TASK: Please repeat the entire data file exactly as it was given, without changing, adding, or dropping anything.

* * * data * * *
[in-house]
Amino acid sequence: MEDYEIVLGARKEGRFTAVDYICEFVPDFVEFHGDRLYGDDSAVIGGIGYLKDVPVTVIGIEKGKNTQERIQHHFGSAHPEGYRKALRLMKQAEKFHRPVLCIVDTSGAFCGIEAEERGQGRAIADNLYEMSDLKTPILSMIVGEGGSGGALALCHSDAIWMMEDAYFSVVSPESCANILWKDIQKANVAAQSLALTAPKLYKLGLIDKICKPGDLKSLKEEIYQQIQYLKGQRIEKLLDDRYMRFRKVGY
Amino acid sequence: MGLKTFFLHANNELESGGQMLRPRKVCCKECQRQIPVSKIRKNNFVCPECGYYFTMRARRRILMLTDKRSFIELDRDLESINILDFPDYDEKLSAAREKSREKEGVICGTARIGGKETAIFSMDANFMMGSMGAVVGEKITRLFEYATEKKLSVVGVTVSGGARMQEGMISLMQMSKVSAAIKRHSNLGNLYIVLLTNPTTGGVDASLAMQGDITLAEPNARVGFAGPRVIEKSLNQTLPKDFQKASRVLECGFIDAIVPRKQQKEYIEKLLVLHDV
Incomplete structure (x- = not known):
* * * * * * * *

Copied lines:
[in-house]
Amino acid sequence: MEDYEIVLGARKEGRFTAVDYICEFVPDFVEFHGDRLYGDDSAVIGGIGYLKDVPVTVIGIEKGKNTQERIQHHFGSAHPEGYRKALRLMKQAEKFHRPVLCIVDTSGAFCGIEAEERGQGRAIADNLYEMSDLKTPILSMIVGEGGSGGALALCHSDAIWMMEDAYFSVVSPESCANILWKDIQKANVAAQSLALTAPKLYKLGLIDKICKPGDLKSLKEEIYQQIQYLKGQRIEKLLDDRYMRFRKVGY
Amino acid sequence: MGLKTFFLHANNELESGGQMLRPRKVCCKECQRQIPVSKIRKNNFVCPECGYYFTMRARRRILMLTDKRSFIELDRDLESINILDFPDYDEKLSAAREKSREKEGVICGTARIGGKETAIFSMDANFMMGSMGAVVGEKITRLFEYATEKKLSVVGVTVSGGARMQEGMISLMQMSKVSAAIKRHSNLGNLYIVLLTNPTTGGVDASLAMQGDITLAEPNARVGFAGPRVIEKSLNQTLPKDFQKASRVLECGFIDAIVPRKQQKEYIEKLLVLHDV
Incomplete structure (x- = not known):